That's how I feel about the work of Antoine Laurain, the author of several books translated from the French including the ones I mention here -- "The Red Notebook," "The President's Hat," "Vintage 1954" and "The Portrait." A little fantasy but very real types of people, happy endings and a lot of joy -- I need that these days!
|Antoine Laurain (source: Wikipedia)|
Laurain may be known to some as a novelist, screenwriter, film director and journalist. Born and bred in Paris, he studied film and his first "occupation"was writing screenplays and directly short films. But what I find especially intriguing about him, particularly when considering his books, is that he is a collector of things and at one time early in his career, assisted a Paris antiques dealer.
According to his biography on Belgravia Books, that experience inspired his first novel, "The Portrait," which was the most recent read of the four here. The premise is simple, a well-to-do married attorney with a passion for collecting buys a portrait at auction of a man in 17th century dress at an outrageous price. It captures his eye because he believes it looks exactly like him but to his chagrin, his wife or friends see no resemblance, which frustrates him. He ventures forth to learn more about the subject of the painting. Could it be it is a relative? Or even more unlikely, could it be that he is recognized as the long-missing Comte of a grand vineyard? It's a bit of time travel and fantasy and sheer delight.
His next book, "The President's Hat," received the Prix Landerneau Decouvertes and more. The premise is simple -- While dining at a restaurant, French president Mitterand leaves behind his hat. The gentleman dining next to him, rather than returning it, wears it home and finds that things that had been amiss improve dramatically. He is crushed when he leaves it on a train, only to have it found by a woman in different but equally difficult straits. It's power allows her to make life changing decisions. The hat passes on to other owners before it is joined back with Mitterand, each experiencing a significant change in their lives. Was it really the hat that made the difference? Or was it the wearing of the hat that gave each owner a bit of confidence and bravado?
Several years later, in 2015, "The Red Notebook" (still my favorite) became one of Gallic Books' best sellers in the K and the USA. There's a bit less "magic" in this one but so much heart. A woman is mugged, her purse stolen and trashed. The money is gone, but a bookstore owner finds the bag and becomes obsessed with finding the woman whose red notebook is so fascinating to him. Little does he know that she has suffered a head injury from the attack and is in the hospital. Of course, we know it will be a happy ending -- but how the pair finally connect with one another is a most delightful journey.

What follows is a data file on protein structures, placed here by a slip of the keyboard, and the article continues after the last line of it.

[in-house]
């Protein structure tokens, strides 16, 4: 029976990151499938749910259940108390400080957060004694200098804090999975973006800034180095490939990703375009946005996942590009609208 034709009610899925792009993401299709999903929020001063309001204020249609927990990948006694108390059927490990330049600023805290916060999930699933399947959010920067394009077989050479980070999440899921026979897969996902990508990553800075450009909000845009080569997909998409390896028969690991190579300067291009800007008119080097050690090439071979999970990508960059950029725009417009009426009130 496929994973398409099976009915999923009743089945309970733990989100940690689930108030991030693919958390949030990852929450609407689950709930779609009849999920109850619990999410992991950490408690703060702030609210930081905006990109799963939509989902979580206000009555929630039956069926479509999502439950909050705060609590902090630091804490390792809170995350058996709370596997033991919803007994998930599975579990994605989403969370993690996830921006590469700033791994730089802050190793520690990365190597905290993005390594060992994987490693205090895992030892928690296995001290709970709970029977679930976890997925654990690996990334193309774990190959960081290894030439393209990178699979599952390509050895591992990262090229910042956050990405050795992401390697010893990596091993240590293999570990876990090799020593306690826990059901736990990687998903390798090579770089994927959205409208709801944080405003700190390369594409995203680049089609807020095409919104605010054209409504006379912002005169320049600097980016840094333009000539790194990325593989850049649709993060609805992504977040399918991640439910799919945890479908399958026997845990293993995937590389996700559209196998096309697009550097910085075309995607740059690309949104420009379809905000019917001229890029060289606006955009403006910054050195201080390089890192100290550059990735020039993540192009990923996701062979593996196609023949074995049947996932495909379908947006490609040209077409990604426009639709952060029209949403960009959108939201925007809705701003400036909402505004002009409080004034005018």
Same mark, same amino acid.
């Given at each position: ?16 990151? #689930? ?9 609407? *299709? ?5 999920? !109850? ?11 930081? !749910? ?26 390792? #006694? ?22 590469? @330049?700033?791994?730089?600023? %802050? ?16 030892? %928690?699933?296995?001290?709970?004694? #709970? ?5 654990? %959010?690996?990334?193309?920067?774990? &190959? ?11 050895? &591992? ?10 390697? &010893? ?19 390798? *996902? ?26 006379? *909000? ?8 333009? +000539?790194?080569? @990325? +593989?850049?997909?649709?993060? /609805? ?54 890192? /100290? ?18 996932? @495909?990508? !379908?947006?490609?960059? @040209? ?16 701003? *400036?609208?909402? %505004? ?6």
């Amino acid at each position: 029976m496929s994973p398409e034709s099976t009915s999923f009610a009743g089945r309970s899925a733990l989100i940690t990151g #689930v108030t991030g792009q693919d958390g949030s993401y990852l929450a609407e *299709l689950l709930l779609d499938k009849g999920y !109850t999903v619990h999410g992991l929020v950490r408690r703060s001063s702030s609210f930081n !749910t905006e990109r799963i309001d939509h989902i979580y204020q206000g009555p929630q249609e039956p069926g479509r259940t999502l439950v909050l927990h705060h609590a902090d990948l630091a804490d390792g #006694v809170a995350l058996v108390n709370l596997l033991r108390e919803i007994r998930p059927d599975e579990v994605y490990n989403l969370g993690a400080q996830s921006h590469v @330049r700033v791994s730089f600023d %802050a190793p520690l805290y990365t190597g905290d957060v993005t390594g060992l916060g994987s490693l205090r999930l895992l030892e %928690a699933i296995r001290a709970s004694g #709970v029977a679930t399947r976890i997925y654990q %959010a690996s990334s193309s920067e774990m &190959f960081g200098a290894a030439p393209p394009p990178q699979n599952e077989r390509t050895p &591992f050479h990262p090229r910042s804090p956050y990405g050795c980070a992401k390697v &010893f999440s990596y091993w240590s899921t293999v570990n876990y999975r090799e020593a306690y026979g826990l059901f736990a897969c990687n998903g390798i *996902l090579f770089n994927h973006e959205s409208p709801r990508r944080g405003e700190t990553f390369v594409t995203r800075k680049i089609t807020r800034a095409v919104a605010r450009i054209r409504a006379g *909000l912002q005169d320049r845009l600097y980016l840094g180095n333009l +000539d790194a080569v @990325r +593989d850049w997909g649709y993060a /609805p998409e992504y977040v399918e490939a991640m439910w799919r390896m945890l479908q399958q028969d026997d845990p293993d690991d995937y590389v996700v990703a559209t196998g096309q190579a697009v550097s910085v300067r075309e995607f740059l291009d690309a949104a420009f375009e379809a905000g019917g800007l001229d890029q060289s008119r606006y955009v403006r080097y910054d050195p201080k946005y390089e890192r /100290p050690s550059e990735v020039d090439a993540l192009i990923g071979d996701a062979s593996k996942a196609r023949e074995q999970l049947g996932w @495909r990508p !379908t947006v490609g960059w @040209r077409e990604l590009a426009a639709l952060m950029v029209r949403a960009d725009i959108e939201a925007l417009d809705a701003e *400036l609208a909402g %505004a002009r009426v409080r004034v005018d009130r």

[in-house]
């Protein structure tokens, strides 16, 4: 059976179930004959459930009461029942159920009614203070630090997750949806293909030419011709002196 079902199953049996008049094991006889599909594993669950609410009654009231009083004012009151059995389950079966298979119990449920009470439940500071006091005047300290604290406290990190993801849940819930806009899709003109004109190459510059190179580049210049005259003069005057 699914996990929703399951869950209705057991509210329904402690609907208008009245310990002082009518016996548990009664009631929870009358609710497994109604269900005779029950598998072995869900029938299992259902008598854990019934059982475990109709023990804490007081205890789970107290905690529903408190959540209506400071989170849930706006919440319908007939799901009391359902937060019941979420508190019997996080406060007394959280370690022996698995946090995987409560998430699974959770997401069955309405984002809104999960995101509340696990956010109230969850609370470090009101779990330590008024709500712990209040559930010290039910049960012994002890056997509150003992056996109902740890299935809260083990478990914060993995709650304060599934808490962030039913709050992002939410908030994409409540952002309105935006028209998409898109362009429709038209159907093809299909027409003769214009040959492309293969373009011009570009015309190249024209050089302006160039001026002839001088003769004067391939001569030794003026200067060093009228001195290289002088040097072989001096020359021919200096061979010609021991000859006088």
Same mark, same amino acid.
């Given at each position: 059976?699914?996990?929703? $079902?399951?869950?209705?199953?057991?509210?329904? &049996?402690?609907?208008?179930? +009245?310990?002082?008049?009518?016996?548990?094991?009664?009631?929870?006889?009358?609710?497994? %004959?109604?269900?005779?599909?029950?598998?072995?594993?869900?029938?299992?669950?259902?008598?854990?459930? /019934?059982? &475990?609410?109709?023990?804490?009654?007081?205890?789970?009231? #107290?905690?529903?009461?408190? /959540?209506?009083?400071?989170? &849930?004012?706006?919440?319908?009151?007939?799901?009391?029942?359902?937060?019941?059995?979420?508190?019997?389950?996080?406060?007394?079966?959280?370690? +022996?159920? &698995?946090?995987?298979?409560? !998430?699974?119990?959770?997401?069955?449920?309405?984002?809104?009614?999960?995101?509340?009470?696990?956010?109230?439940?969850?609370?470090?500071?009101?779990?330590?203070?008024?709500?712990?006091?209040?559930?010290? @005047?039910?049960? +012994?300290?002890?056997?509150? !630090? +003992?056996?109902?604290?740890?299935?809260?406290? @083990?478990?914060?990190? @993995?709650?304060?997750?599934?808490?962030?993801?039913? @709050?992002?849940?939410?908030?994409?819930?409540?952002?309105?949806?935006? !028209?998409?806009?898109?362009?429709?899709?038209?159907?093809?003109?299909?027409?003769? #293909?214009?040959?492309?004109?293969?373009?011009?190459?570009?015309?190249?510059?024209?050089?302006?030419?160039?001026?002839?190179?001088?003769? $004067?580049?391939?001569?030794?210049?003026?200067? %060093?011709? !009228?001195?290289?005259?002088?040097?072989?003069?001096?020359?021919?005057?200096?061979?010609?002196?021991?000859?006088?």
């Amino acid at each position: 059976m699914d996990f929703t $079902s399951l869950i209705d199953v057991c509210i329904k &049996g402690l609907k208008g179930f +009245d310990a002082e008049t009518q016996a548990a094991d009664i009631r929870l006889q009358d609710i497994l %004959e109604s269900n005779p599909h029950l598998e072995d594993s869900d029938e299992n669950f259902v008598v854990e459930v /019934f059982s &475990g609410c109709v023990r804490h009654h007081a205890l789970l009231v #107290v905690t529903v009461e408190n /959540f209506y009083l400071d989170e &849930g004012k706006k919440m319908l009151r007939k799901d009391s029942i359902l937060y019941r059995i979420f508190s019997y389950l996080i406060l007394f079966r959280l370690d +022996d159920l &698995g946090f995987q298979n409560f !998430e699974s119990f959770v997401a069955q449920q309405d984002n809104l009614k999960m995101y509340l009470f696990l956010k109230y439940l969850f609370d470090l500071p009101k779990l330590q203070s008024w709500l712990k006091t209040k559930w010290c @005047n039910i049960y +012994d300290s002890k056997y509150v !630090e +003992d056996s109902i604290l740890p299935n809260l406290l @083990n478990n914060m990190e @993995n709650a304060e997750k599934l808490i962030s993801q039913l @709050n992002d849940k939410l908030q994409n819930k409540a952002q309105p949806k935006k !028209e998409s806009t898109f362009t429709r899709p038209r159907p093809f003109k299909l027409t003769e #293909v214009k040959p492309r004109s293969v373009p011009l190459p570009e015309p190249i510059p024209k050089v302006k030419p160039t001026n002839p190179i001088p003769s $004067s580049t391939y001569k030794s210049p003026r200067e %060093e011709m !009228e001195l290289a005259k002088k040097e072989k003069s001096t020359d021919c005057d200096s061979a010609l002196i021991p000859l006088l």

Finally, "Vintage 1954"takes us into the world of wine and time travel, another delightful fantasy. It turns out that the vintner who tasted a bottle of the 1954 vintage claimed forever to have encounters with aliens and traveling to another time. It is a story that intrigues his great grandson, Julian. When Julian, a young woman of whom he is fond, the owner of their apartment building and a tourist drink a bottle of the wine that the owner discovers in his cellar, the four find themselves in a new old world, the world of 1954, where they connect with such luminaries as a young Audrey Hepburn, Salvador Dali and Edith Piaf. Will they be able to find their way back to 1917? Of course they will -- but how? And did the journey change them?
I've not read other Laurain books but I will. His upbeat fantasy connects real life to dreams. No trolls or Hobbits or elves. These are real people in unreal circumstances -- that maybe could happen to anyone.
This post is part of Paris in July, a collection of blog posts hosted by Tamara at Thyme for Tea. Visit this link to check out other posts related to the books, music, films, sights and more in the City of Light.
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